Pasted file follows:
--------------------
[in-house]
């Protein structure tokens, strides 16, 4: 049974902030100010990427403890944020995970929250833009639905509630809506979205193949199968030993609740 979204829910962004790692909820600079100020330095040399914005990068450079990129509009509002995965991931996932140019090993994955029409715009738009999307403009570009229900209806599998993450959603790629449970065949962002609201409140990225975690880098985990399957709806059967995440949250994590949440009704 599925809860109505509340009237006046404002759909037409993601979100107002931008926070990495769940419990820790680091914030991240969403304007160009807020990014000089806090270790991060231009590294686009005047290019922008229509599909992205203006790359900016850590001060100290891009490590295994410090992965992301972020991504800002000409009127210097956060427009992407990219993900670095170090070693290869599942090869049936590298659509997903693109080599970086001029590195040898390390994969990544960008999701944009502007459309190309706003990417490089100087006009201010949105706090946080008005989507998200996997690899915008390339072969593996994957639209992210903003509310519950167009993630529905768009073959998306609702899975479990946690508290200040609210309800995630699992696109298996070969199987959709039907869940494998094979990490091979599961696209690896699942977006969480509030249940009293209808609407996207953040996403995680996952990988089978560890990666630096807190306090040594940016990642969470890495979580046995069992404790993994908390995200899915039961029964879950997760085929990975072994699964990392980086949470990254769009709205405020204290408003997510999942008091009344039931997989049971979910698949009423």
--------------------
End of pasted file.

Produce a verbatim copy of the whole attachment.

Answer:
[in-house]
């Protein structure tokens, strides 16, 4: 049974902030100010990427403890944020995970929250833009639905509630809506979205193949199968030993609740 979204829910962004790692909820600079100020330095040399914005990068450079990129509009509002995965991931996932140019090993994955029409715009738009999307403009570009229900209806599998993450959603790629449970065949962002609201409140990225975690880098985990399957709806059967995440949250994590949440009704 599925809860109505509340009237006046404002759909037409993601979100107002931008926070990495769940419990820790680091914030991240969403304007160009807020990014000089806090270790991060231009590294686009005047290019922008229509599909992205203006790359900016850590001060100290891009490590295994410090992965992301972020991504800002000409009127210097956060427009992407990219993900670095170090070693290869599942090869049936590298659509997903693109080599970086001029590195040898390390994969990544960008999701944009502007459309190309706003990417490089100087006009201010949105706090946080008005989507998200996997690899915008390339072969593996994957639209992210903003509310519950167009993630529905768009073959998306609702899975479990946690508290200040609210309800995630699992696109298996070969199987959709039907869940494998094979990490091979599961696209690896699942977006969480509030249940009293209808609407996207953040996403995680996952990988089978560890990666630096807190306090040594940016990642969470890495979580046995069992404790993994908390995200899915039961029964879950997760085929990975072994699964990392980086949470990254769009709205405020204290408003997510999942008091009344039931997989049971979910698949009423």